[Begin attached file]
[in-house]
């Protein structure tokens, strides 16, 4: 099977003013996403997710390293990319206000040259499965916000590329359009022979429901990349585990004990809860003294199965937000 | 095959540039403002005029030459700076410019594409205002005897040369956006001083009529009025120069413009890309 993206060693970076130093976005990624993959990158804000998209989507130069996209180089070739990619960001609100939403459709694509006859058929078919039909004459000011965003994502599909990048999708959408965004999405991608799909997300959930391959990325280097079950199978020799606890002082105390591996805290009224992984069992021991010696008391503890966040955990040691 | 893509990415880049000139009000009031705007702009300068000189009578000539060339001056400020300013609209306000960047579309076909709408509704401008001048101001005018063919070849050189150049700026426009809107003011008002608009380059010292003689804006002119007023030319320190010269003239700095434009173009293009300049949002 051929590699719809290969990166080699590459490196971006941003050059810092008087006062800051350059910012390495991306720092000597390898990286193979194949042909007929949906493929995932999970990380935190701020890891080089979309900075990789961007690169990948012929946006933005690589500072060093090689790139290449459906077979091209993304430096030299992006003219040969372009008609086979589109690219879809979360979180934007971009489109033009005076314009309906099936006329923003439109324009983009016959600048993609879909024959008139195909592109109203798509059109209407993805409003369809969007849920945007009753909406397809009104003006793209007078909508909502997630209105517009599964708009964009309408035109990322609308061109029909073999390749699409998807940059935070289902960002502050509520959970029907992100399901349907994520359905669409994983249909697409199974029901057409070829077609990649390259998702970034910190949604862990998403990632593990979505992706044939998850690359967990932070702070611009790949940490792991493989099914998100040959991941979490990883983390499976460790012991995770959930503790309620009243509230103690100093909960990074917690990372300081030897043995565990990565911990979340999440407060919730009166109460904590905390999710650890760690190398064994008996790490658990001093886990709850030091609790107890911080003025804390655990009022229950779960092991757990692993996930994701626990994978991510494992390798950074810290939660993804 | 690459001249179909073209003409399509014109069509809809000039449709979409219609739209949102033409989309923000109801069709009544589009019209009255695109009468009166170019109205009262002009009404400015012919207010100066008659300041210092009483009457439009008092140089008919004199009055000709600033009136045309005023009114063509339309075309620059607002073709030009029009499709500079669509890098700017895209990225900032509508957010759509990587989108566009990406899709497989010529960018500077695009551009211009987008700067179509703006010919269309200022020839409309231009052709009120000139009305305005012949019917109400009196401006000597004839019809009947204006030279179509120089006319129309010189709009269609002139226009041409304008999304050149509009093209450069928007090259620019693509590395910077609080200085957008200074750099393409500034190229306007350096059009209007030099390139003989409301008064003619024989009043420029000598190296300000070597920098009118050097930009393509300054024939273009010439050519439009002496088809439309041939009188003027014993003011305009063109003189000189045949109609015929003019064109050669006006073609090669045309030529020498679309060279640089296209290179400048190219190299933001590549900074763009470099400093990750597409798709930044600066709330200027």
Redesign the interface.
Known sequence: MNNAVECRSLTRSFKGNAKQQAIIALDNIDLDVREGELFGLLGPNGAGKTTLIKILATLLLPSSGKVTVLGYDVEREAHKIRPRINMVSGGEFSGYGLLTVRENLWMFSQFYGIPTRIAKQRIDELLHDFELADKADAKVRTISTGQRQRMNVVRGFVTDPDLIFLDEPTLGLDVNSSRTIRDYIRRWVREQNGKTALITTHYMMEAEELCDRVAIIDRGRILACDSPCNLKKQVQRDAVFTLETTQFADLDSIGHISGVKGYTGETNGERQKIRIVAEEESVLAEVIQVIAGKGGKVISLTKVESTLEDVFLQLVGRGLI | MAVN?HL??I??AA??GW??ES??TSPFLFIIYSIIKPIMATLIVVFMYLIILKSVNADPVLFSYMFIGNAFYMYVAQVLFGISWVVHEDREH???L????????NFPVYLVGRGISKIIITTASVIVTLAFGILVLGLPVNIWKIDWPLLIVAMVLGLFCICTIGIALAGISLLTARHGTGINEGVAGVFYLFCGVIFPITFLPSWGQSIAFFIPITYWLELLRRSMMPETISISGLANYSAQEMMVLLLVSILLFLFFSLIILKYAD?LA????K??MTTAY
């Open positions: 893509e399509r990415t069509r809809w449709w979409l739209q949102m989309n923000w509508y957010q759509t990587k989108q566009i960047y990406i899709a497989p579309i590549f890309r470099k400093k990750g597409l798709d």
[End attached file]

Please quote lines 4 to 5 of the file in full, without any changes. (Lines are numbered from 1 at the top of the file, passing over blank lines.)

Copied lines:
Known sequence: MNNAVECRSLTRSFKGNAKQQAIIALDNIDLDVREGELFGLLGPNGAGKTTLIKILATLLLPSSGKVTVLGYDVEREAHKIRPRINMVSGGEFSGYGLLTVRENLWMFSQFYGIPTRIAKQRIDELLHDFELADKADAKVRTISTGQRQRMNVVRGFVTDPDLIFLDEPTLGLDVNSSRTIRDYIRRWVREQNGKTALITTHYMMEAEELCDRVAIIDRGRILACDSPCNLKKQVQRDAVFTLETTQFADLDSIGHISGVKGYTGETNGERQKIRIVAEEESVLAEVIQVIAGKGGKVISLTKVESTLEDVFLQLVGRGLI | MAVN?HL??I??AA??GW??ES??TSPFLFIIYSIIKPIMATLIVVFMYLIILKSVNADPVLFSYMFIGNAFYMYVAQVLFGISWVVHEDREH???L????????NFPVYLVGRGISKIIITTASVIVTLAFGILVLGLPVNIWKIDWPLLIVAMVLGLFCICTIGIALAGISLLTARHGTGINEGVAGVFYLFCGVIFPITFLPSWGQSIAFFIPITYWLELLRRSMMPETISISGLANYSAQEMMVLLLVSILLFLFFSLIILKYAD?LA????K??MTTAY
């Open positions: 893509e399509r990415t069509r809809w449709w979409l739209q949102m989309n923000w509508y957010q759509t990587k989108q566009i960047y990406i899709a497989p579309i590549f890309r470099k400093k990750g597409l798709d």